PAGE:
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Humanizing autism

As April has come to a close, I’m sure that we’re all well aware of the existence of autism, whatever that may entail. Twenty percent of people, as reported by a National Alliance for Autism Research poll, say they are closely connected to someone with the condition. However, that familiarity doesn’t translate into knowledge. In fact, fewer than half of Americans claim to have even basic information on autism.

Even within that knowledgeable percentage, misconceptions are still prevalent. In Mead High School, announcements were made throughout the month that included some delightfully cold statistics and medical facts regarding the topic. Sadly, no effort was made to humanize them, thus the issue perpetuated.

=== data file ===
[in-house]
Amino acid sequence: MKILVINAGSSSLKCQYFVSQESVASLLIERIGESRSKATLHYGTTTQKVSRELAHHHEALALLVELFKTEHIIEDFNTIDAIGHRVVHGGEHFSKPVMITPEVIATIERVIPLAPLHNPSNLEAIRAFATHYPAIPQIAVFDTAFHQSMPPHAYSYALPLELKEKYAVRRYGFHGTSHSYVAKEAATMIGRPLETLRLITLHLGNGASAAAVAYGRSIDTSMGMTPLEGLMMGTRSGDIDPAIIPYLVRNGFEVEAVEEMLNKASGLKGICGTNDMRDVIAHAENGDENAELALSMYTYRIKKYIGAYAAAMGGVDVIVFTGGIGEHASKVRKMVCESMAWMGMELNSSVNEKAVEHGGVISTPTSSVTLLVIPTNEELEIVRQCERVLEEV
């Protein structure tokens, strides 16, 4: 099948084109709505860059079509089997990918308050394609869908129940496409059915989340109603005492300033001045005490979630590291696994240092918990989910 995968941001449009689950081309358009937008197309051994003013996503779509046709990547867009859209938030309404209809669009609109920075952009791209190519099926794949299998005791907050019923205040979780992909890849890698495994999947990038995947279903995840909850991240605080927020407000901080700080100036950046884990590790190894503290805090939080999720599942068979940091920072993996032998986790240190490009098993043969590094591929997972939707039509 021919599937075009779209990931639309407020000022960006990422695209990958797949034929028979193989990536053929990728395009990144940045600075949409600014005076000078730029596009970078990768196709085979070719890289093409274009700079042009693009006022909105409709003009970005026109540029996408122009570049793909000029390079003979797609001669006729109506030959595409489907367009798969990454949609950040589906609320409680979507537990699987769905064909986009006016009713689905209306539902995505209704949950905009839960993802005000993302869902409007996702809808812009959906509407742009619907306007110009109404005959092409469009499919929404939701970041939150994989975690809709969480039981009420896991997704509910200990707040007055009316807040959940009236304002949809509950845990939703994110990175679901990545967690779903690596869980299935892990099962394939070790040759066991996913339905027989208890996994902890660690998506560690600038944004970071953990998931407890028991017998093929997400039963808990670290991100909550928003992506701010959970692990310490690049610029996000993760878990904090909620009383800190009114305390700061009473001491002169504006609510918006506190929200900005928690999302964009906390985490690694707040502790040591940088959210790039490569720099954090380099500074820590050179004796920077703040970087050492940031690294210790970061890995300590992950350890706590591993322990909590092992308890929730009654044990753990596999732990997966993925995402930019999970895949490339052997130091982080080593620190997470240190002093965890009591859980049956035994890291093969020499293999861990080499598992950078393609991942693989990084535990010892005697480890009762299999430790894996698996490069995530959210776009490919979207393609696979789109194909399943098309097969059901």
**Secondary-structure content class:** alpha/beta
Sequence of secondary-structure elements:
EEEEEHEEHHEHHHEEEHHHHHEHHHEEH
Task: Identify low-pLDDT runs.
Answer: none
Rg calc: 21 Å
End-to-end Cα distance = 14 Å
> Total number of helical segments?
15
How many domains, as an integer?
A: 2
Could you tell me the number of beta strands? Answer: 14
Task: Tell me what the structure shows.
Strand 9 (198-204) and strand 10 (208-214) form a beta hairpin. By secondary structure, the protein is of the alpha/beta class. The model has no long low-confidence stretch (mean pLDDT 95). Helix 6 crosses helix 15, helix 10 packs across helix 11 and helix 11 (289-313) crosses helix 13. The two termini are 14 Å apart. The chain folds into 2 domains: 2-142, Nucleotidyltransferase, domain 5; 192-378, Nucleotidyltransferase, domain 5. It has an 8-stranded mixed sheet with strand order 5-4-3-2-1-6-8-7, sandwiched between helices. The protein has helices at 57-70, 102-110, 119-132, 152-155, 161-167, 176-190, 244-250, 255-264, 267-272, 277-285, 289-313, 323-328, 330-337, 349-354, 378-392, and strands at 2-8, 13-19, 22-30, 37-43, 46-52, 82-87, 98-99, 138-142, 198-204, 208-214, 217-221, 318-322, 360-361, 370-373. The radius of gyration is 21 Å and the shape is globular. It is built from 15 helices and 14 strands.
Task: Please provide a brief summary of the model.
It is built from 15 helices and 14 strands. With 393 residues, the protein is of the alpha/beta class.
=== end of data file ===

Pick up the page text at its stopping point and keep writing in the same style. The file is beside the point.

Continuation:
That lack of empathy toward and understanding of people with autism breeds misconceptions regarding their behavioral and cognitive abilities. Often, people assume that those with autism aren’t capable of feeling empathy, which is absolutely false. In actuality, autistic people can feel emotions up to 400 percent more intensely. Some even claim that those with autism are not capable of healthy, positive relationships, which is utterly heartbreaking to hear; every autistic individual has the capacity to love and be loved, and that is what we need to bring awareness to.

Elsa Whanger


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